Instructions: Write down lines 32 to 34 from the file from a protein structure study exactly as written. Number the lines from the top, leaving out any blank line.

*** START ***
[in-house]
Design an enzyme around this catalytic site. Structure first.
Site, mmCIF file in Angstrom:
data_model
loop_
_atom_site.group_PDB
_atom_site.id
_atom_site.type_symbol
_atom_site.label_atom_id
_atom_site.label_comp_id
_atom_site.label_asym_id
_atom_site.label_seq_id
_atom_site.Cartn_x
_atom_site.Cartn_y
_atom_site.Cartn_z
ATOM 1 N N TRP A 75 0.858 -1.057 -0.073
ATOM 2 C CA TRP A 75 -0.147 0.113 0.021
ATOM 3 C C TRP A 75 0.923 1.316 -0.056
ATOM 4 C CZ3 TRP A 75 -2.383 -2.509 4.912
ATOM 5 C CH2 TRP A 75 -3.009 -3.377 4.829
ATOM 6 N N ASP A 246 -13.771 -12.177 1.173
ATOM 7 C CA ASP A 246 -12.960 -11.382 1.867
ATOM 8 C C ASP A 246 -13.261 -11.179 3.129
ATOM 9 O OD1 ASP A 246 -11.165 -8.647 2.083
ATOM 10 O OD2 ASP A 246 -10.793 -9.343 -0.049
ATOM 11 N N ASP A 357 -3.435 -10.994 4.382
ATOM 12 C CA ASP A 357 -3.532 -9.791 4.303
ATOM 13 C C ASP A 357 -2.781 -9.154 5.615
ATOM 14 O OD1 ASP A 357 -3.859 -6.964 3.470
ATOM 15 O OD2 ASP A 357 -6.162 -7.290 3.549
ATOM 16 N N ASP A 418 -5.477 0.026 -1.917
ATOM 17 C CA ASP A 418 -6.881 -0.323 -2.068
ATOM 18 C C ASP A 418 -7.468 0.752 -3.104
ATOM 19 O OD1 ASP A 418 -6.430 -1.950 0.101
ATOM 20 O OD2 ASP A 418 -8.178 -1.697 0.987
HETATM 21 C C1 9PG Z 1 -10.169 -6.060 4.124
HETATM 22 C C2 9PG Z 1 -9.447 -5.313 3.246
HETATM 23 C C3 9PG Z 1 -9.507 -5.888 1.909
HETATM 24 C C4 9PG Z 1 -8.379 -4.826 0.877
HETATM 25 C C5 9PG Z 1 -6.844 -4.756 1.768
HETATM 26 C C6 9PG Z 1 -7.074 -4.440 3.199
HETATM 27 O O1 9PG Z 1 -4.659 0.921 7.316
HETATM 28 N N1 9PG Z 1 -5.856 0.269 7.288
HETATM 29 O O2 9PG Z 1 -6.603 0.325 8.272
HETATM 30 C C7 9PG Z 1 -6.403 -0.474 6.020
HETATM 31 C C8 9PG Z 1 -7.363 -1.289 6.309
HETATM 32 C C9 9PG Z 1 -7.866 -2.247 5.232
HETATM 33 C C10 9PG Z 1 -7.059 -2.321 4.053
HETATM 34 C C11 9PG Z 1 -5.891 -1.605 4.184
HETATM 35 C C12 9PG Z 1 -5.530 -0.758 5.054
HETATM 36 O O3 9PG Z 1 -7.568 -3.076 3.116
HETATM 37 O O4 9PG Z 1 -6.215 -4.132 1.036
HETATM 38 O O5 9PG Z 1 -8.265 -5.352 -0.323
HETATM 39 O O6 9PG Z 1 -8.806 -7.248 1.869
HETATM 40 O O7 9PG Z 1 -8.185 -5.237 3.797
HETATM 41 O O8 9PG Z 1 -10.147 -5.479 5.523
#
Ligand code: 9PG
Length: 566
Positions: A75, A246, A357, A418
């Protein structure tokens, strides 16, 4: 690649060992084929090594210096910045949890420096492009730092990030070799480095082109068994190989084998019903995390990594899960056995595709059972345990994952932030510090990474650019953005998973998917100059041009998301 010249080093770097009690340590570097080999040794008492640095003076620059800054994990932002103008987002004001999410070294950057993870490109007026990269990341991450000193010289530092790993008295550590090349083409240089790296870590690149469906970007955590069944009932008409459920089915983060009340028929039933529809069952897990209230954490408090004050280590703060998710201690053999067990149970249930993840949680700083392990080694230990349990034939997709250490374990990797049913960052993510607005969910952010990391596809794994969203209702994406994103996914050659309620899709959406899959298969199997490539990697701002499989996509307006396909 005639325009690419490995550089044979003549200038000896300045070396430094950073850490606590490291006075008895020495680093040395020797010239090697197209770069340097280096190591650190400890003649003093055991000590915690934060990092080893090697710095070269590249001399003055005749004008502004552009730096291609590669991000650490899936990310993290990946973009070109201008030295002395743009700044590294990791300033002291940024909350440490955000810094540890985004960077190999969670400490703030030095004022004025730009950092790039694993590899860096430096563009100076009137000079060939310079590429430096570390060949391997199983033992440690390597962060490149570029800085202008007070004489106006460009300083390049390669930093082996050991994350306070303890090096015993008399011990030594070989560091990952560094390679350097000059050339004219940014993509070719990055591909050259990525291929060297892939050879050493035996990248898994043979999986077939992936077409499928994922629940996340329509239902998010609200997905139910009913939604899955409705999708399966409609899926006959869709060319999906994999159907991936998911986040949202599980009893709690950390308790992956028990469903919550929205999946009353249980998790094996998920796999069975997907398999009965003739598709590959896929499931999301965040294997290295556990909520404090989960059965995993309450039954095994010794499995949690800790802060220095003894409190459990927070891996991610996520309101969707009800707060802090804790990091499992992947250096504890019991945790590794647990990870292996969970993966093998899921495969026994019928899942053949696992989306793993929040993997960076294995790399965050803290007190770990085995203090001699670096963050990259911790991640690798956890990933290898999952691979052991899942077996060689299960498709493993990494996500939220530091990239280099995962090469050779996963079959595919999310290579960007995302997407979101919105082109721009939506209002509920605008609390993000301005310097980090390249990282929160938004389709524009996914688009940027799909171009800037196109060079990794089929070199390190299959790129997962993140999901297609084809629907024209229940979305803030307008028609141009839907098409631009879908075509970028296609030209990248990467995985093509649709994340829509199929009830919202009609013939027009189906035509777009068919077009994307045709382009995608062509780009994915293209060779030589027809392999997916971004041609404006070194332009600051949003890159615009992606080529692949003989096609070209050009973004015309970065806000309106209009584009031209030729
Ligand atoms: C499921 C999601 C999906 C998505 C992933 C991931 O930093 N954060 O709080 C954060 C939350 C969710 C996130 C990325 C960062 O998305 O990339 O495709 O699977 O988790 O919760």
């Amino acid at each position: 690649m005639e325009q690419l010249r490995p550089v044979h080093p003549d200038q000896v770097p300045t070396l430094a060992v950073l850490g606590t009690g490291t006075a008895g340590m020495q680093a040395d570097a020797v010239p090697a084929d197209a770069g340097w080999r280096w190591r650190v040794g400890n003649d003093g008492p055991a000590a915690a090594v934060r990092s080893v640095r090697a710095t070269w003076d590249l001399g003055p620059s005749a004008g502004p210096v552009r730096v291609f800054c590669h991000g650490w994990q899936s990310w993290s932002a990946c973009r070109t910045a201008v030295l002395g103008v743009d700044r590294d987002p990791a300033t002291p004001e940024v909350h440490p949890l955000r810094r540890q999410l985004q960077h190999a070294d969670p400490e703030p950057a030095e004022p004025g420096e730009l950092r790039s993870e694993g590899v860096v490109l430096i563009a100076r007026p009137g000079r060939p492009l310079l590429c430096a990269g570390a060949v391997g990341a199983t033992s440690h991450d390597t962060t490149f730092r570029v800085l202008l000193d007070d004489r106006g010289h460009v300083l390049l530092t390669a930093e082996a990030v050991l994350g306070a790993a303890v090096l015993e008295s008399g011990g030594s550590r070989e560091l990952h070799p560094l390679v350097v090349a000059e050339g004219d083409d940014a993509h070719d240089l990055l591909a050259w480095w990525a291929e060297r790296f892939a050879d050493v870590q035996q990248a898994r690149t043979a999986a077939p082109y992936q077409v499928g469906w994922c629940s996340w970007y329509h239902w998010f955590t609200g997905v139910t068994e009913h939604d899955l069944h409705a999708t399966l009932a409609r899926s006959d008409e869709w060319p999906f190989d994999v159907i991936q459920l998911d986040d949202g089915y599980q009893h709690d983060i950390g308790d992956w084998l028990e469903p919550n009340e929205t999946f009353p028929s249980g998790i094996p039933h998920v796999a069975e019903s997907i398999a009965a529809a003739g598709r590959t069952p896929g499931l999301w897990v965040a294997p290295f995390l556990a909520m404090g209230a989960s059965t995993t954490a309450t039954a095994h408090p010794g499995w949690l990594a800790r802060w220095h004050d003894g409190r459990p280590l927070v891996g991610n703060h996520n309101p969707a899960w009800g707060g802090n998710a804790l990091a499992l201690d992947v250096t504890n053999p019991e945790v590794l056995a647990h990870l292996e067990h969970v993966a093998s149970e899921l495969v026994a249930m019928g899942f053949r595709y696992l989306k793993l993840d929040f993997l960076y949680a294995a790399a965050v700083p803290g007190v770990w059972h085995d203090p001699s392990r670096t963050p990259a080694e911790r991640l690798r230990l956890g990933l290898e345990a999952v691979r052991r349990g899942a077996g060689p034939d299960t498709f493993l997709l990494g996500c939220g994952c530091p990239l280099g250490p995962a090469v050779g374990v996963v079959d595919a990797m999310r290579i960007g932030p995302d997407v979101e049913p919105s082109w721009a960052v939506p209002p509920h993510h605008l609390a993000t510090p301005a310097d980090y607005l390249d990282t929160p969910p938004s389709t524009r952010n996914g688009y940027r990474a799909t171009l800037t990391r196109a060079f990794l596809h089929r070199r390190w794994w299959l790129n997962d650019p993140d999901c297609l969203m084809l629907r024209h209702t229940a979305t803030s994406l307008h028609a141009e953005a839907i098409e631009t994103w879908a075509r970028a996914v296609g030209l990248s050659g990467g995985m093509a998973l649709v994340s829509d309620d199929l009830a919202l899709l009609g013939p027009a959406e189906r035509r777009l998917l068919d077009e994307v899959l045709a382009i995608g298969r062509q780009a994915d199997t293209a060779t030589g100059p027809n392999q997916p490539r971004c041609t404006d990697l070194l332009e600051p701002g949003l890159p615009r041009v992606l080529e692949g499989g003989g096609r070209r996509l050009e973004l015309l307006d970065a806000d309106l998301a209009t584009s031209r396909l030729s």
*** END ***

ATOM 17 C CA ASP A 418 -6.881 -0.323 -2.068
ATOM 18 C C ASP A 418 -7.468 0.752 -3.104
ATOM 19 O OD1 ASP A 418 -6.430 -1.950 0.101